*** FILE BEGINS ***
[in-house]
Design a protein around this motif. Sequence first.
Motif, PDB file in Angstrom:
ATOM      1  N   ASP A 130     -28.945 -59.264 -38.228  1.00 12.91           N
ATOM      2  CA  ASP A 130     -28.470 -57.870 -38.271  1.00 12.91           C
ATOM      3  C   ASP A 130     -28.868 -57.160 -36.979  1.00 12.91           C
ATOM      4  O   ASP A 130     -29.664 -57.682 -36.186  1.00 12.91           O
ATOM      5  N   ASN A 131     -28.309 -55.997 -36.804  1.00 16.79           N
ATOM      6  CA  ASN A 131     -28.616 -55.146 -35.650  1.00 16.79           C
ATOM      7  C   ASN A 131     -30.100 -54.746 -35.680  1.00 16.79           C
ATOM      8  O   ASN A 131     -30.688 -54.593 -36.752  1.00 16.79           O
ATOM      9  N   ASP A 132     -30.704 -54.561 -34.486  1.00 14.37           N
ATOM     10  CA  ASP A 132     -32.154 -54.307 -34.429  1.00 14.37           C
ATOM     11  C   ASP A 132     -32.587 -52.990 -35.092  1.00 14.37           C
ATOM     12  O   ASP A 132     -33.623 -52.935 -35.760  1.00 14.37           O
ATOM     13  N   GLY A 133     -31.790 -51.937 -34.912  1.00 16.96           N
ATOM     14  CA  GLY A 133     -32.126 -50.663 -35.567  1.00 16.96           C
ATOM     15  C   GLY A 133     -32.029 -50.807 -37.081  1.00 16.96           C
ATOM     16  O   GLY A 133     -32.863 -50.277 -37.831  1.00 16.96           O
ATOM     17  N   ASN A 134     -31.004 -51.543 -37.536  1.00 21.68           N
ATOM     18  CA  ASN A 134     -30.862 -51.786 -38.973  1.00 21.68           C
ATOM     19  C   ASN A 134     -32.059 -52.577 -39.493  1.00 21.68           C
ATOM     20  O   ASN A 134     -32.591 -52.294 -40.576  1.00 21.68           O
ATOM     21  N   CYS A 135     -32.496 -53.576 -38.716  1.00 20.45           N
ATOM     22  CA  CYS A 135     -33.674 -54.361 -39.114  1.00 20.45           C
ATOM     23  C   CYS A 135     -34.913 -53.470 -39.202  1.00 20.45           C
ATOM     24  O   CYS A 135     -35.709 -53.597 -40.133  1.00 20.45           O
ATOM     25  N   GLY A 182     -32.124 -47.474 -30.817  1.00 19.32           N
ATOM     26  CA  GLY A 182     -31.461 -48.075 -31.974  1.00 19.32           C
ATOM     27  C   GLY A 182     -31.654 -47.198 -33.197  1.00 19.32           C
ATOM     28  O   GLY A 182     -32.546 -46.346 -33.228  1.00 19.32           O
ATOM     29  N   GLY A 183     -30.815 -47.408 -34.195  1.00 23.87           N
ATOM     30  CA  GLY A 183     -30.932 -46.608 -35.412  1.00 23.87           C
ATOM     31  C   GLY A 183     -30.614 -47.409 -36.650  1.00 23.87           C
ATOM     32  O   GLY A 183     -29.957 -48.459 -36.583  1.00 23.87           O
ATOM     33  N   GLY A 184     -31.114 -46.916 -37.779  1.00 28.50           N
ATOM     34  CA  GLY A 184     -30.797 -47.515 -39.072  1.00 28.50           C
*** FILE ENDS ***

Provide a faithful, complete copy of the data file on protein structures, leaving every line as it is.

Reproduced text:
[in-house]
Design a protein around this motif. Sequence first.
Motif, PDB file in Angstrom:
ATOM      1  N   ASP A 130     -28.945 -59.264 -38.228  1.00 12.91           N
ATOM      2  CA  ASP A 130     -28.470 -57.870 -38.271  1.00 12.91           C
ATOM      3  C   ASP A 130     -28.868 -57.160 -36.979  1.00 12.91           C
ATOM      4  O   ASP A 130     -29.664 -57.682 -36.186  1.00 12.91           O
ATOM      5  N   ASN A 131     -28.309 -55.997 -36.804  1.00 16.79           N
ATOM      6  CA  ASN A 131     -28.616 -55.146 -35.650  1.00 16.79           C
ATOM      7  C   ASN A 131     -30.100 -54.746 -35.680  1.00 16.79           C
ATOM      8  O   ASN A 131     -30.688 -54.593 -36.752  1.00 16.79           O
ATOM      9  N   ASP A 132     -30.704 -54.561 -34.486  1.00 14.37           N
ATOM     10  CA  ASP A 132     -32.154 -54.307 -34.429  1.00 14.37           C
ATOM     11  C   ASP A 132     -32.587 -52.990 -35.092  1.00 14.37           C
ATOM     12  O   ASP A 132     -33.623 -52.935 -35.760  1.00 14.37           O
ATOM     13  N   GLY A 133     -31.790 -51.937 -34.912  1.00 16.96           N
ATOM     14  CA  GLY A 133     -32.126 -50.663 -35.567  1.00 16.96           C
ATOM     15  C   GLY A 133     -32.029 -50.807 -37.081  1.00 16.96           C
ATOM     16  O   GLY A 133     -32.863 -50.277 -37.831  1.00 16.96           O
ATOM     17  N   ASN A 134     -31.004 -51.543 -37.536  1.00 21.68           N
ATOM     18  CA  ASN A 134     -30.862 -51.786 -38.973  1.00 21.68           C
ATOM     19  C   ASN A 134     -32.059 -52.577 -39.493  1.00 21.68           C
ATOM     20  O   ASN A 134     -32.591 -52.294 -40.576  1.00 21.68           O
ATOM     21  N   CYS A 135     -32.496 -53.576 -38.716  1.00 20.45           N
ATOM     22  CA  CYS A 135     -33.674 -54.361 -39.114  1.00 20.45           C
ATOM     23  C   CYS A 135     -34.913 -53.470 -39.202  1.00 20.45           C
ATOM     24  O   CYS A 135     -35.709 -53.597 -40.133  1.00 20.45           O
ATOM     25  N   GLY A 182     -32.124 -47.474 -30.817  1.00 19.32           N
ATOM     26  CA  GLY A 182     -31.461 -48.075 -31.974  1.00 19.32           C
ATOM     27  C   GLY A 182     -31.654 -47.198 -33.197  1.00 19.32           C
ATOM     28  O   GLY A 182     -32.546 -46.346 -33.228  1.00 19.32           O
ATOM     29  N   GLY A 183     -30.815 -47.408 -34.195  1.00 23.87           N
ATOM     30  CA  GLY A 183     -30.932 -46.608 -35.412  1.00 23.87           C
ATOM     31  C   GLY A 183     -30.614 -47.409 -36.650  1.00 23.87           C
ATOM     32  O   GLY A 183     -29.957 -48.459 -36.583  1.00 23.87           O
ATOM     33  N   GLY A 184     -31.114 -46.916 -37.779  1.00 28.50           N
ATOM     34  CA  GLY A 184     -30.797 -47.515 -39.072  1.00 28.50           C